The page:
What difference does bargaining make to drug prices? In Norway, up to 58% off

Kristin Svanqvist, head of reimbursement for the Norwegian Medicines Agency

For some perspective on how much more the U.S. pays for drugs than other developed countries, take a look at Norway. U.S. Medicare drug prices were higher for 93% of the top 40 branded meds available in both the U.S. and Norway during the third quarter of 2015, according to a new report from The Wall Street Journal, which looked at why prices are higher in the U.S. than in other developed countries.

The newspaper stacked up Medicare Part B prices for Q3 2015 against prices in three foreign health systems, including Norway, and found some glaring differences. For example, Genentech's macular degeneration med, Lucentis, cost Medicare $1,936 per dose during Q3, while the Norwegian Medicines Agency (NMA) only shelled out $894. Medicare Part B paid $3,678 for a vial of Genentech's rheumatoid arthritis drug Rituxan/MabThera, but the drug only cost Norway's healthcare system $1,527.

Part of the explanation for the price differences is bargaining, according to the WSJ story. State-run health systems in Norway and other developed countries have the power to drive hard bargains with drugmakers, and they use it. Agencies may set price caps on expensive meds, or ask companies to prove a new drug's value compared to existing treatments for the same condition--or both.

If companies don't come back with new evidence or lower prices, the state-run system can reject the med altogether. And the threat of denied coverage is usually "enough to get them to offer a discount," Kristin Svanqvist, head of reimbursement for the NMA, told the newspaper.

This tactic worked for Norway when it was negotiating coverage for Amgen's ($AMGN) and GlaxoSmithKline's ($GSK) osteoporosis injection Prolia. The NMA said the med wasn't cost-effective compared to an existing infusion, prompting Amgen and GSK to lower Prolia's price. In turn, Norway's healthcare system said it would offer the drug to women 75 or older because the drug worked better in that population, the WSJ reports.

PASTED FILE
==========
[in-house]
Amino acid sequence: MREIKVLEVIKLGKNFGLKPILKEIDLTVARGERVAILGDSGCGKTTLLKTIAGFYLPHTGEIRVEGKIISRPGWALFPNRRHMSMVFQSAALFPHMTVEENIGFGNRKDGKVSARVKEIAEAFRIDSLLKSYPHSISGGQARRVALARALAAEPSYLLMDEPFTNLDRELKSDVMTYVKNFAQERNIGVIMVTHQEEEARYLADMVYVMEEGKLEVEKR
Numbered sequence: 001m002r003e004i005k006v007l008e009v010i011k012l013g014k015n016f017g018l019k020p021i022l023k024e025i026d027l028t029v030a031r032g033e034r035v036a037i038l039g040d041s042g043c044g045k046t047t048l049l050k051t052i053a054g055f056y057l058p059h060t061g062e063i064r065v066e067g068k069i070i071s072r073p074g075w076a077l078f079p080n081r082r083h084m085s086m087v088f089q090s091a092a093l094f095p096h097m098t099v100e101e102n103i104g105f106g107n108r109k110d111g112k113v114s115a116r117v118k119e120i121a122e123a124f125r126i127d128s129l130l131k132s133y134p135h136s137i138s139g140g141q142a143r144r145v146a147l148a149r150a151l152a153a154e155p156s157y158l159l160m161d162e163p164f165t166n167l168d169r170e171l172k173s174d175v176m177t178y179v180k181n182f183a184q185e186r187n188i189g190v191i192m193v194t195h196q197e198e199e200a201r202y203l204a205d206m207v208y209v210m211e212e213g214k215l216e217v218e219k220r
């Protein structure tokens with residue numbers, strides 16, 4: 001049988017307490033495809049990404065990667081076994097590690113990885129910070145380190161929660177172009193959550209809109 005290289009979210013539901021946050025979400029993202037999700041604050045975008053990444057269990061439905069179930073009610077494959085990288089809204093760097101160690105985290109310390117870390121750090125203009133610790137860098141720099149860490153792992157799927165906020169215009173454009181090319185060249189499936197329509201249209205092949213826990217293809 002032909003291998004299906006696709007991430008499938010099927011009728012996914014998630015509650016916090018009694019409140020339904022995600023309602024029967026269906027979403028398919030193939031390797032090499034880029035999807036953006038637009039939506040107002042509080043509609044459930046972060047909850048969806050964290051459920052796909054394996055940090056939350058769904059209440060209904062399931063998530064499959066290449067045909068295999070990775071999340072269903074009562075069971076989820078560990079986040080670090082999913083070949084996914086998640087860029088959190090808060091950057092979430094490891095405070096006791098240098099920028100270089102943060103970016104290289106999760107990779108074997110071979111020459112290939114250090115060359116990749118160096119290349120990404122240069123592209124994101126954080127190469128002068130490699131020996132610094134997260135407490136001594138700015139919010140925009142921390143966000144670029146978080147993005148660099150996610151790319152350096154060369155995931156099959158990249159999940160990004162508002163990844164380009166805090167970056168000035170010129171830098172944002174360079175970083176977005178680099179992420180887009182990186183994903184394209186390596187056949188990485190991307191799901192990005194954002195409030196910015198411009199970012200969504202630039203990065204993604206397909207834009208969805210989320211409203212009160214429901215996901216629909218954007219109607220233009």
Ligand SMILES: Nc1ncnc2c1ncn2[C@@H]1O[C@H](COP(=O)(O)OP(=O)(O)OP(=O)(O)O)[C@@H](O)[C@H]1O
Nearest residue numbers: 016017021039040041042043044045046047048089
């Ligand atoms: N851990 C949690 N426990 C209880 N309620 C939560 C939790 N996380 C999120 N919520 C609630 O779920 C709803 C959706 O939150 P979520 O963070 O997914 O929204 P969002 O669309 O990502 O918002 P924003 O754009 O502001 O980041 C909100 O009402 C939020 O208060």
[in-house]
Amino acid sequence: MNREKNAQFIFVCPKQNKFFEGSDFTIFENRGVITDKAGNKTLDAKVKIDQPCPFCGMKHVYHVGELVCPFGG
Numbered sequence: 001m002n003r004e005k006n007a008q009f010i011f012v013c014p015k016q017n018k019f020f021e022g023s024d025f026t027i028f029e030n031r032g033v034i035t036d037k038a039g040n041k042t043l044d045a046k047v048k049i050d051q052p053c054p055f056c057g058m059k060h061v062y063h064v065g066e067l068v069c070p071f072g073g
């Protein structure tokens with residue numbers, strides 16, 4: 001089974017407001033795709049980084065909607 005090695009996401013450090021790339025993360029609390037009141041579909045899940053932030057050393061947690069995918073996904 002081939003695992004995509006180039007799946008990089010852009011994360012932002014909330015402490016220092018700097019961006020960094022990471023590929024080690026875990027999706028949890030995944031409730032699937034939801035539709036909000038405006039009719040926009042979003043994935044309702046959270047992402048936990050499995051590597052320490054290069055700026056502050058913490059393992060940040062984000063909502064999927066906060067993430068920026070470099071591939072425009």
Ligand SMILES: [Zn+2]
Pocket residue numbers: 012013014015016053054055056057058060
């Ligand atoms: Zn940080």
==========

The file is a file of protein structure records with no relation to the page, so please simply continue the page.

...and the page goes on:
England has a similar system in place, with notoriously tough price watchdog the National Institute for Health and Care Excellence (NICE) requiring extensive reviews and cost-effectiveness data before recommending drugs for funding. When the WSJ looked at 40 branded drugs covered by Medicare Part B and also available in England during Q3, 98% were more expensive in the U.S.

A comparison between drug pricing in the U.S. and Canada, another country included in the WSJ report, turned up similar numbers. Of 30 drugs that a Canadian government agency and Medicare Part B covered in Q3, 93% were more expensive in the U.S. Canada has a federal agency that sets a maximum price for new drugs, and a separate body that recommends whether provincial or other government health programs should cover new drugs for older or low-income patients.

Needless to say, things work a bit differently in the U.S. Medicare doesn't have the power to negotiate directly with drugmakers, which forces it to forfeit its buying power and leaves doctors with little negotiating heft to do the bargaining, Sean Sullivan, dean of the School of Pharmacy at the University of Washington, told the WSJ. Plus, the U.S. market is more fragmented, and multiple payers often translate into higher costs for patients.

But an upside to increased spending on drugs in the U.S. is more R&D, the newspaper points out. "The U.S. is responsible for the majority of profits for most large pharmaceutical companies," SSR healthcare analyst Richard Evans told the WSJ, with drug prices spurring spending on innovative treatments or potential cures.

- read the WSJ story (sub. req.)

Special Report: The top 10 most expensive drugs of 2013